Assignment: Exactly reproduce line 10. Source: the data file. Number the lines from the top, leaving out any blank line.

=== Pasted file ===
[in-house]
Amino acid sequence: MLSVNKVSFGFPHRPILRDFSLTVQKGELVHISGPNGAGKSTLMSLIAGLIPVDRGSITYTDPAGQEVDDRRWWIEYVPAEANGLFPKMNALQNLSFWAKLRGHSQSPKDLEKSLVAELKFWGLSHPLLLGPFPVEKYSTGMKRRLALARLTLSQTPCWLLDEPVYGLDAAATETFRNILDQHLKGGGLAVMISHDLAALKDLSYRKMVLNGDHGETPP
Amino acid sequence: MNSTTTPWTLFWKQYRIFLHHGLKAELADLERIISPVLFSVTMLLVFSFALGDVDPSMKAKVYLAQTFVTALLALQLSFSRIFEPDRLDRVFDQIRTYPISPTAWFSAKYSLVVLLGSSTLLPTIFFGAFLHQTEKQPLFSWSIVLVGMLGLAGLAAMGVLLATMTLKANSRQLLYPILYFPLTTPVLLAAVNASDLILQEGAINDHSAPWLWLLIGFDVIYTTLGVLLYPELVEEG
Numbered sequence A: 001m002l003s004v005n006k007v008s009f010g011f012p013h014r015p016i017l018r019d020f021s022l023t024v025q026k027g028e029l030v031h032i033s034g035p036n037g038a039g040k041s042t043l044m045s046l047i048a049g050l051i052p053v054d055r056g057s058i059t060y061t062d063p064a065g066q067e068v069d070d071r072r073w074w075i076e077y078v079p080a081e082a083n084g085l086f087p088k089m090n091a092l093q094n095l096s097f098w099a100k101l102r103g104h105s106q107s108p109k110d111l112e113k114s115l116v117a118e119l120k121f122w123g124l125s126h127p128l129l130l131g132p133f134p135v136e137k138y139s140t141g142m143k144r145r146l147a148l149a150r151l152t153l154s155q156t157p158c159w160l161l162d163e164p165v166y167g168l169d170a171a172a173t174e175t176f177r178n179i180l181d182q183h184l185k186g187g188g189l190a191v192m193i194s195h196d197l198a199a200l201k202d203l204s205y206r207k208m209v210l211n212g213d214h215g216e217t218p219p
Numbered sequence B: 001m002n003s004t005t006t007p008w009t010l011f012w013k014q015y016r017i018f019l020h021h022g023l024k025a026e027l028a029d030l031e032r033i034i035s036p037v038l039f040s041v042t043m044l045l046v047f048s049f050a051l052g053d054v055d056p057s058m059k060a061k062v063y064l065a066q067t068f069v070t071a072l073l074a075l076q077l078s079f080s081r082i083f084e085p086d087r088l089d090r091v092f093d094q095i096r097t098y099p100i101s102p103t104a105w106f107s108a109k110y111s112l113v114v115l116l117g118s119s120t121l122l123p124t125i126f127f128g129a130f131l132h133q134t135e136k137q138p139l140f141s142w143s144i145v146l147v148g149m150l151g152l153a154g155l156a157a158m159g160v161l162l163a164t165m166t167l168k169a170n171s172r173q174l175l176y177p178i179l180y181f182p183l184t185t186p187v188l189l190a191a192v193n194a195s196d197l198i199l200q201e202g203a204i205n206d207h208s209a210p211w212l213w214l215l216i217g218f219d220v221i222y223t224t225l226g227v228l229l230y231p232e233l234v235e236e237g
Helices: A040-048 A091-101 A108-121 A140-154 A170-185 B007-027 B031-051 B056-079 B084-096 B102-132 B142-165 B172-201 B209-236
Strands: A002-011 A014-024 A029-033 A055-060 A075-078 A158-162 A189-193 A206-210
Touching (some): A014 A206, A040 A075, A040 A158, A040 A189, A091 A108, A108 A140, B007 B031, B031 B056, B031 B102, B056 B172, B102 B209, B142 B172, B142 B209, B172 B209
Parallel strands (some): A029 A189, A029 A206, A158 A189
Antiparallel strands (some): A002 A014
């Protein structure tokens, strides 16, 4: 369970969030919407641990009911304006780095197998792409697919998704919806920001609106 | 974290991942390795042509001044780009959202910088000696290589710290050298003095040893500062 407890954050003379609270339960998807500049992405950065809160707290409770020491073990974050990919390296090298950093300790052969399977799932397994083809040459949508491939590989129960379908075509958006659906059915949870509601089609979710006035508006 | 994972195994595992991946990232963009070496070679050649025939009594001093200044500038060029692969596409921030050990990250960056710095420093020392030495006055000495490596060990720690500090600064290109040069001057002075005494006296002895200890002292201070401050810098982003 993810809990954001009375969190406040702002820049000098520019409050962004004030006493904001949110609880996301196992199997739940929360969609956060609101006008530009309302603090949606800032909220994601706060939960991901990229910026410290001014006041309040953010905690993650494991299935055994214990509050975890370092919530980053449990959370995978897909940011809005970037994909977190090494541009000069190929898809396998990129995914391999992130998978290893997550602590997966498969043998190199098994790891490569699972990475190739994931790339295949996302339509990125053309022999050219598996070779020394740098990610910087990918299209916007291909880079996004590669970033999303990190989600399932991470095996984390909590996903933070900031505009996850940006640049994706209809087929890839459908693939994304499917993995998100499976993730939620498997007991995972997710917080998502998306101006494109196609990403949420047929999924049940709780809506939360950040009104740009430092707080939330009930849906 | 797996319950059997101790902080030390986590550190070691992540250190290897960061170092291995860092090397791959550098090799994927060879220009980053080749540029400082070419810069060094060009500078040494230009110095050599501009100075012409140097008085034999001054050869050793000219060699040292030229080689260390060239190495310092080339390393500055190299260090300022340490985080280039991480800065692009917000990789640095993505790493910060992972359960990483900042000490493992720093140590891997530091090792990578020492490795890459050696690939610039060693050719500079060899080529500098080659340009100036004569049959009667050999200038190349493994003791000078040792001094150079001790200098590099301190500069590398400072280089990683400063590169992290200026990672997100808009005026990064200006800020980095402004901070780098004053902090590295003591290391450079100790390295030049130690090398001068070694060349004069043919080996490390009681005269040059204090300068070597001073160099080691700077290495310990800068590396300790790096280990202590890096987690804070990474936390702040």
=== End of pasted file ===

Antiparallel strands (some): A002 A014